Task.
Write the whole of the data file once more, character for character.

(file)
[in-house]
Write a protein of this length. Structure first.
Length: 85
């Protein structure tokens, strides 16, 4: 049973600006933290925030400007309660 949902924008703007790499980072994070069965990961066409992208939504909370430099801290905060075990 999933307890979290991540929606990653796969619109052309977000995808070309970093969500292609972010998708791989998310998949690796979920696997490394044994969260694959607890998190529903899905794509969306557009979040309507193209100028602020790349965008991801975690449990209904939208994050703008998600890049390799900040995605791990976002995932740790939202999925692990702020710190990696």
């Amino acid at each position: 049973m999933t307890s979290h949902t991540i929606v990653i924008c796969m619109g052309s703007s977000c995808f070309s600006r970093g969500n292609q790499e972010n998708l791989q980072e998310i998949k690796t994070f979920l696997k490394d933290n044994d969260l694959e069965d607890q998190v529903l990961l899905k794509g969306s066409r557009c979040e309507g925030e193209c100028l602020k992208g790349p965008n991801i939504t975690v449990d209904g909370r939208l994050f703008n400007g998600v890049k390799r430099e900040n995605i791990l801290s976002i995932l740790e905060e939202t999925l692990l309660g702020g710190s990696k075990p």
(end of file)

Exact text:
[in-house]
Write a protein of this length. Structure first.
Length: 85
């Protein structure tokens, strides 16, 4: 049973600006933290925030400007309660 949902924008703007790499980072994070069965990961066409992208939504909370430099801290905060075990 999933307890979290991540929606990653796969619109052309977000995808070309970093969500292609972010998708791989998310998949690796979920696997490394044994969260694959607890998190529903899905794509969306557009979040309507193209100028602020790349965008991801975690449990209904939208994050703008998600890049390799900040995605791990976002995932740790939202999925692990702020710190990696």
């Amino acid at each position: 049973m999933t307890s979290h949902t991540i929606v990653i924008c796969m619109g052309s703007s977000c995808f070309s600006r970093g969500n292609q790499e972010n998708l791989q980072e998310i998949k690796t994070f979920l696997k490394d933290n044994d969260l694959e069965d607890q998190v529903l990961l899905k794509g969306s066409r557009c979040e309507g925030e193209c100028l602020k992208g790349p965008n991801i939504t975690v449990d209904g909370r939208l994050f703008n400007g998600v890049k390799r430099e900040n995605i791990l801290s976002i995932l740790e905060e939202t999925l692990l309660g702020g710190s990696k075990p």